Ketosis. Here you're typically consuming between 20 and 35 grams of net carbs each day - making it a particularly strict version of low carb. The goal is to keep your intake low enough that your body enters a state of ketosis, where it burns fat rather than carbs. Various signs of being in ketosis can guide this process and many people are passionate about the approach.
The radical nature of that change can leave many people feeling bad, especially early on. Still, the style does get easier over time. The idea can also be powerful and offers the most potential health benefits.
The Atkins Diet. This is a specific diet that comes with its own instructions and requirements. It starts out as a ketosis diet, although some carbs are re-added as people go along. While Atkins was initially popular, it is now considered less powerful than a regular ketosis diet.
Moderate Low Carb. This term is one that Diet Doctor uses and refers to options with between 20 and 50 grams of carbs per day. The style is typically less strict than ketosis and gives people more flexibility. Because it is still fairly low in carbs, there are many associated benefits.
Liberal Low Carb. In this case, you may be consuming between 50 to 100 grams of carbs per day (possibly more). Compared to a ketosis approach, the carb intake is much higher. But, the carbs are still much lower than the average American diet, which can involve 250 grams or more of carbs per day.
Lower Carb. One other variation is simply decreasing carbs. In this case, people may not be counting their carbs at all. Instead, they might choose to make substitutions, focusing on low carb options whenever possible. This style does not offer as many benefits as the previous examples. Even so, it is likely to be healthier than the regular American diet.
As you can see, the early styles in this list involve fewer carbs. This means that they should offer the most health benefits. However, they are also the most restrictive. As a result, some people may struggle to follow them.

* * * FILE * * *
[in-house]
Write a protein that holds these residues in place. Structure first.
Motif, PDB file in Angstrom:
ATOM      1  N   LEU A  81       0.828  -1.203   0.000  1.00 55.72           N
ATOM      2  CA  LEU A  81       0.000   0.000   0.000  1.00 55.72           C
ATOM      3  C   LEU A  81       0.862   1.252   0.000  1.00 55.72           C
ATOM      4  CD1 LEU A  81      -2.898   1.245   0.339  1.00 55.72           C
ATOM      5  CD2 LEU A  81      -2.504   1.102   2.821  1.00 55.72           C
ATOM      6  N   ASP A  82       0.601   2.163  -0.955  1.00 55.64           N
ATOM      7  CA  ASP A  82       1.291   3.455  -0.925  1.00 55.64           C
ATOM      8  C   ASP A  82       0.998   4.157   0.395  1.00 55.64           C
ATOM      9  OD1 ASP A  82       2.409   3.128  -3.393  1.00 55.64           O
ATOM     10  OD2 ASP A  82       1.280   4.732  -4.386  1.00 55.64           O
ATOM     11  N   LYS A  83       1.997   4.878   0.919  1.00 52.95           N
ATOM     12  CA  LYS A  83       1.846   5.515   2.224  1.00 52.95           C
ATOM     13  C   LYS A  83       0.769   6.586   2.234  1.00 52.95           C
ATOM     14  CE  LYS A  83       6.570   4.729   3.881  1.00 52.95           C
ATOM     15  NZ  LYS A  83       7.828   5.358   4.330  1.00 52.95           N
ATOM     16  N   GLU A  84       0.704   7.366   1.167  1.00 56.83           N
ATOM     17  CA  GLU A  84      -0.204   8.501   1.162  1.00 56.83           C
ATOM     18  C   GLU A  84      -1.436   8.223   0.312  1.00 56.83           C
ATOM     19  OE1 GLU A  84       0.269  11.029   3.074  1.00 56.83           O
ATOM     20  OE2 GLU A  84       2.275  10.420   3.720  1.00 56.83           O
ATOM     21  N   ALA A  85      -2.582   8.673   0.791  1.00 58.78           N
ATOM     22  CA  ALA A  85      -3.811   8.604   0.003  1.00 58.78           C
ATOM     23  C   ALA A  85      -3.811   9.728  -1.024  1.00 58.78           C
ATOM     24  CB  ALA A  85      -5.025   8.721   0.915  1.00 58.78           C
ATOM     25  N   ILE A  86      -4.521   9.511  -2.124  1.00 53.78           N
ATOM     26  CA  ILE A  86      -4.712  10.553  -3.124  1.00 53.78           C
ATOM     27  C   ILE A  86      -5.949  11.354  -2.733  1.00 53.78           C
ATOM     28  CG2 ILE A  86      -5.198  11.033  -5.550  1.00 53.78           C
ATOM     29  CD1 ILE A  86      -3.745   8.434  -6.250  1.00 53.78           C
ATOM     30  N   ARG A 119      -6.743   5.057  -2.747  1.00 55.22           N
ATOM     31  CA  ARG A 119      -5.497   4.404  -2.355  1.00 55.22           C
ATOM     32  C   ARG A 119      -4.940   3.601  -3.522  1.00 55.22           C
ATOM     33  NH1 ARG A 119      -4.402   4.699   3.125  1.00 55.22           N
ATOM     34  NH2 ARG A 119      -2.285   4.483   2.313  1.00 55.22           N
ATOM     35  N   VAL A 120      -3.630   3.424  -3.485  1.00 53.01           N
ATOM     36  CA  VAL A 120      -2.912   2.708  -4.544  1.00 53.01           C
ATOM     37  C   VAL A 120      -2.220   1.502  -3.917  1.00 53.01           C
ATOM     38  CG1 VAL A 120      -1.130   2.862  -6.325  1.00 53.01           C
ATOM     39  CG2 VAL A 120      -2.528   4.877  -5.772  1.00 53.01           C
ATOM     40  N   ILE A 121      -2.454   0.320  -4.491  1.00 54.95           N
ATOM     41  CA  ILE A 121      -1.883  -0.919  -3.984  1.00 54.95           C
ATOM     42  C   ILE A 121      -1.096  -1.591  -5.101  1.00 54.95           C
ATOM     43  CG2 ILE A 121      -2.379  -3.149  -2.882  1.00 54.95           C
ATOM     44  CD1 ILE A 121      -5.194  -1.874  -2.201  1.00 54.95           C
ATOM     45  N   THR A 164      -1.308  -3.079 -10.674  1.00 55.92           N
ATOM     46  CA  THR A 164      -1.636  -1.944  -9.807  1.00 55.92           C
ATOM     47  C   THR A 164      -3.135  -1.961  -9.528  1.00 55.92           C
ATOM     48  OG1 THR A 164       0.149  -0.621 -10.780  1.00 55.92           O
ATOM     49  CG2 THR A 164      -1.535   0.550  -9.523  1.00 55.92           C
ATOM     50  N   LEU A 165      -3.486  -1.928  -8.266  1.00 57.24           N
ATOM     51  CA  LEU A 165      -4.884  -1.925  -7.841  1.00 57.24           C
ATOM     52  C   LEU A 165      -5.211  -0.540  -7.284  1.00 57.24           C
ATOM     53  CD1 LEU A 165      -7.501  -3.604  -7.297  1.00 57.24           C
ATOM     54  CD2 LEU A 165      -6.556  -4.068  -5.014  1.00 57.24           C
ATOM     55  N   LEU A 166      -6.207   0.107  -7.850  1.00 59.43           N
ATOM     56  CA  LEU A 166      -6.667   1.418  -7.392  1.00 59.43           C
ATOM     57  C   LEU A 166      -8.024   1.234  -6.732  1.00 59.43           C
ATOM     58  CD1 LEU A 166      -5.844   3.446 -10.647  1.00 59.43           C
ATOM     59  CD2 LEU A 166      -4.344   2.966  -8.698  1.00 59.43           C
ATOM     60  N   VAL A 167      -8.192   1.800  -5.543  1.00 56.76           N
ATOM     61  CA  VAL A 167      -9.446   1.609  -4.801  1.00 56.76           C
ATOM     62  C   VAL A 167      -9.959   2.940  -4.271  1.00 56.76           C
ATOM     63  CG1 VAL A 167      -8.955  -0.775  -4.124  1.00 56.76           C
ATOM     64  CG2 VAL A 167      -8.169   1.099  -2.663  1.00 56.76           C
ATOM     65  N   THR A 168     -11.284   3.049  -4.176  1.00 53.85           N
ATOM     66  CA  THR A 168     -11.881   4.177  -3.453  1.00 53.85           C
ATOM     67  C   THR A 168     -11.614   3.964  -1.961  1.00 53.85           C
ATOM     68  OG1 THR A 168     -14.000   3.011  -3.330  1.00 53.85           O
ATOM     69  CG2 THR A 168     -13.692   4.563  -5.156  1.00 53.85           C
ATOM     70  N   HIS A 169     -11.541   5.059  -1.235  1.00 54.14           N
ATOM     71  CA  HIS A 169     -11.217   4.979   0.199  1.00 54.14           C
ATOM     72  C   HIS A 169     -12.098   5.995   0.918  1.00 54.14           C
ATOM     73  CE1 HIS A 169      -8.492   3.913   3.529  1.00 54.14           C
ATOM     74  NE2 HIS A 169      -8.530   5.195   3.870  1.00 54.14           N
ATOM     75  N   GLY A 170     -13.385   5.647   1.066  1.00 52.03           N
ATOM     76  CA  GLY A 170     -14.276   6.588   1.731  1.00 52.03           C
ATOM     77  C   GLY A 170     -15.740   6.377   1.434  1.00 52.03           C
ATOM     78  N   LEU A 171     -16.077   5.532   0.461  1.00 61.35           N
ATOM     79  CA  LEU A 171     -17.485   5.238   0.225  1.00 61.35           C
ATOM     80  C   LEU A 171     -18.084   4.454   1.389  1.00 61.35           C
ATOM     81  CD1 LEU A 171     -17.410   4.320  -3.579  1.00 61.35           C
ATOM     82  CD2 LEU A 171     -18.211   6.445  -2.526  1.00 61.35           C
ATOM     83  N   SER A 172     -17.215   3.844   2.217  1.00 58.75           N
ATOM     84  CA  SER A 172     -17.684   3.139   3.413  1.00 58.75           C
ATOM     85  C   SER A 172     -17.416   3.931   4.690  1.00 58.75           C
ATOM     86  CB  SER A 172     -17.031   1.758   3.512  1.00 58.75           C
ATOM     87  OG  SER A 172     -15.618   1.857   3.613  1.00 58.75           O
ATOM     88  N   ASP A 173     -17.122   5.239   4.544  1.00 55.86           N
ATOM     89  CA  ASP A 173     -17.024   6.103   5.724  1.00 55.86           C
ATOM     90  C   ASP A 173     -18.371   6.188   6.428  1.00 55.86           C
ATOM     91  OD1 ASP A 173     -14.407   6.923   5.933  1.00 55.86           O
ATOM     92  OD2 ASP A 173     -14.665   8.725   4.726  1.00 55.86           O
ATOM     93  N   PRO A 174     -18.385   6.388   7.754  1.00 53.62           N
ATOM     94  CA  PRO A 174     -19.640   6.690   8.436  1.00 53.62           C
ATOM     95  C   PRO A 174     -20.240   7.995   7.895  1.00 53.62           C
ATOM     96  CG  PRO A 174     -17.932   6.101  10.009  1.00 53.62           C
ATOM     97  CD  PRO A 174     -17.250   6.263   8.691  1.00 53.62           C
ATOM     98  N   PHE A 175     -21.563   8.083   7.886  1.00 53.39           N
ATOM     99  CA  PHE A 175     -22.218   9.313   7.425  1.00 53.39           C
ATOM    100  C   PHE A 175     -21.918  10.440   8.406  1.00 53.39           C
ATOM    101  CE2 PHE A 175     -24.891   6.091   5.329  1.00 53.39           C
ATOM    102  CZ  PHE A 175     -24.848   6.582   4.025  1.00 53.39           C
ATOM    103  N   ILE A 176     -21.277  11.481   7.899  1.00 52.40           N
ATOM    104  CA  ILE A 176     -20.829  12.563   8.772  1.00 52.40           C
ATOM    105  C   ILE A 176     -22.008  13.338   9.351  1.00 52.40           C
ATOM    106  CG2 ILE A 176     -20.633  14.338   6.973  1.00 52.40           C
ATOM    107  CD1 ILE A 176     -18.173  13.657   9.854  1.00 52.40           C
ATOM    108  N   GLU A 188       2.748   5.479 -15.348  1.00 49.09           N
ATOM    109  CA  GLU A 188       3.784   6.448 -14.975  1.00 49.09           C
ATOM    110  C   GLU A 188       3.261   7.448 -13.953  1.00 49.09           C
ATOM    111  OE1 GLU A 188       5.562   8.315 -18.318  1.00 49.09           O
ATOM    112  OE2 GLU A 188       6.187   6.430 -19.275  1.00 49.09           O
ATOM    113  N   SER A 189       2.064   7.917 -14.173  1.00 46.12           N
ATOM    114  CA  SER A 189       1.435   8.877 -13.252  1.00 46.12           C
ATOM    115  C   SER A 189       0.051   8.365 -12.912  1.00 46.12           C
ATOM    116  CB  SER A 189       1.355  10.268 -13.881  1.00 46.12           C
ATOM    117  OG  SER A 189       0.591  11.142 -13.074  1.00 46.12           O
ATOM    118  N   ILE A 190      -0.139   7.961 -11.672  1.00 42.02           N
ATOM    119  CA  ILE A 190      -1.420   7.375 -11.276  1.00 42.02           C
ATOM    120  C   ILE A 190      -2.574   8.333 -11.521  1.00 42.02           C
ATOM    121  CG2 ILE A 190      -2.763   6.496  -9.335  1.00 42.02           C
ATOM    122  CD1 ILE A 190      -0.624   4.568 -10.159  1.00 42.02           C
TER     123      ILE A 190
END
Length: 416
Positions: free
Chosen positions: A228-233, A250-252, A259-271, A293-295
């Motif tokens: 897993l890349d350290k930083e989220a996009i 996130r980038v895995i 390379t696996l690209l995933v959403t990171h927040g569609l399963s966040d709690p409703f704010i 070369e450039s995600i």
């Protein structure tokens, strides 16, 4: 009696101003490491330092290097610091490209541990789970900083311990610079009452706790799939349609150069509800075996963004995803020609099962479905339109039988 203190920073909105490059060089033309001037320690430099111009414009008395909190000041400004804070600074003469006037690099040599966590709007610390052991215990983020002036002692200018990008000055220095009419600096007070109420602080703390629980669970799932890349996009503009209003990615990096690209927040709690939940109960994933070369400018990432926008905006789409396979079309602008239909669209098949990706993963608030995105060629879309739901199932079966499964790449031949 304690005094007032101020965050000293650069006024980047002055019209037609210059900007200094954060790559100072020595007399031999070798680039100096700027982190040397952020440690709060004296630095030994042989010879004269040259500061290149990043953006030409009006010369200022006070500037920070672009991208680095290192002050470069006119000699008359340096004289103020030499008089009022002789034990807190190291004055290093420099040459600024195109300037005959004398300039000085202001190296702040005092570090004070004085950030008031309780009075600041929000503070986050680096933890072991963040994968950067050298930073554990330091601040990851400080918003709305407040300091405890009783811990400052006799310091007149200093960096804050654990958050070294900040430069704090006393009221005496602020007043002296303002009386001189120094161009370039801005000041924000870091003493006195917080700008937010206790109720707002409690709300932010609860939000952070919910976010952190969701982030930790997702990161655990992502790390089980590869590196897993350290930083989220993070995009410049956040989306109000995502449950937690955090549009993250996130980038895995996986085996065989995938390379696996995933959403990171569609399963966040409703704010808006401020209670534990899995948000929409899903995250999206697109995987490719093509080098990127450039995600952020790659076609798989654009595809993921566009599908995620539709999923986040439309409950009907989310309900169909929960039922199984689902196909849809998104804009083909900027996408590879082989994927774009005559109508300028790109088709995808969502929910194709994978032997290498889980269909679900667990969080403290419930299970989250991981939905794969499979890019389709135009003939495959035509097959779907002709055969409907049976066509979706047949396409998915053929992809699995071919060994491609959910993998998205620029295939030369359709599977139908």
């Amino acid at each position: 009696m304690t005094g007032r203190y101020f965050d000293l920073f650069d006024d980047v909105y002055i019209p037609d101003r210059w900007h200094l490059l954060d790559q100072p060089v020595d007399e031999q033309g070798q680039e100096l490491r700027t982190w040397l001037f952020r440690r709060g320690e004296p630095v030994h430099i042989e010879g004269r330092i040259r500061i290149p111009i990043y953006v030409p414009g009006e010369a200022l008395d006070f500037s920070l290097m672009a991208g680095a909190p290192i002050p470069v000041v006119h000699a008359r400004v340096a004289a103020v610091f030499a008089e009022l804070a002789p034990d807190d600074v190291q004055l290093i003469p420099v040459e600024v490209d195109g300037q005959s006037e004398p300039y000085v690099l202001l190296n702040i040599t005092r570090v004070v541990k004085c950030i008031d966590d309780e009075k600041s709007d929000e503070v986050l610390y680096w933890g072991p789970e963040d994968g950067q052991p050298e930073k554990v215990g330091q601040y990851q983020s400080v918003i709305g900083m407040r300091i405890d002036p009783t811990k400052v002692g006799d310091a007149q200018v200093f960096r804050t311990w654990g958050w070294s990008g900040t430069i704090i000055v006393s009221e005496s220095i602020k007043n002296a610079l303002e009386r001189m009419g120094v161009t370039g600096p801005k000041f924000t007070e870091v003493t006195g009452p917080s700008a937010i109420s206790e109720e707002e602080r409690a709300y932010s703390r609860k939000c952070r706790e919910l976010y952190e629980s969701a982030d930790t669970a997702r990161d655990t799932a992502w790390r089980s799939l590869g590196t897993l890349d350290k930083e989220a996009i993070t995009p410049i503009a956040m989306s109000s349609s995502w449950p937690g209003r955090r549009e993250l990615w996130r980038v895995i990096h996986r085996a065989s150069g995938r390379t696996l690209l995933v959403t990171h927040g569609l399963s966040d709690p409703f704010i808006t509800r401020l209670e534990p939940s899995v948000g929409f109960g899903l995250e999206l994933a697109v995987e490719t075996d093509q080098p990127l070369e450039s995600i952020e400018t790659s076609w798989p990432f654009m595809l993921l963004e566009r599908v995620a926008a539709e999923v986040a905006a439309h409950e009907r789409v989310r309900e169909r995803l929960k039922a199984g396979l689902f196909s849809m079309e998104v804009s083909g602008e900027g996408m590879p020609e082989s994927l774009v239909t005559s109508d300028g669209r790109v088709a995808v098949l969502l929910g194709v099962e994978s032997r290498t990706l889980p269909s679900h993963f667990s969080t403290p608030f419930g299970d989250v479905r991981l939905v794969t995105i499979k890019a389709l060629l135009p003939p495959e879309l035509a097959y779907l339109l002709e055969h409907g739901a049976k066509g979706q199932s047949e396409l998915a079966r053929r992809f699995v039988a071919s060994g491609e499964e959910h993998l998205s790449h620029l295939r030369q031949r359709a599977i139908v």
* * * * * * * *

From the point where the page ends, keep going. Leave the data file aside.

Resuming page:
In general, the best solution is one that you can follow in the long-term. That could be a ketosis diet or it might be something more flexible.
You could also change your approach over time. This might involve starting off with a relatively restrictive approach to kick start your weight loss. You may choose to introduce more carbs over time, perhaps ending up on a moderate or a liberal low carb style.
It’s also worth pointing out that the research on low carb versus low-fat diets has considered a wide range of different variations of those two diets.
For example, the studies often vary in what percentage of calories come from carbs or fat. Likewise, some studies ensure that both diets provide the same calories while others do not.
This reinforces the idea that people can choose low carb diets that suit their own needs.
Low carb diets are powerful. Many people lose weight through them, gain energy and even resolve health issues.
It’s also clear that low carb diets aren’t for everyone. And honestly, that’s okay.
People are different from each other and there are multiple good ways to lose weight and improve health.
Whatever diet approach you take, the idea is to pick one that works for you and works for your lifestyle. There are so many options out there, and some of them might be a natural fit and others simply won’t be.
Low carb diets are often overlooked because people assume that they aren’t healthy or mightn’t be safe. But, the reality is that they can be a very effective diet type.
This style may also be a great idea if other types of diet simply aren’t working.
Want to Lose Weight and Keep it Off?
Weight loss is a huge industry, with no shortage of hype. But, long-term weight loss doesn't come from a crash diet or a popular fad.
Instead, you need sustainable habits and healthy foods.
Check out my recommended weight loss products to see where you can get started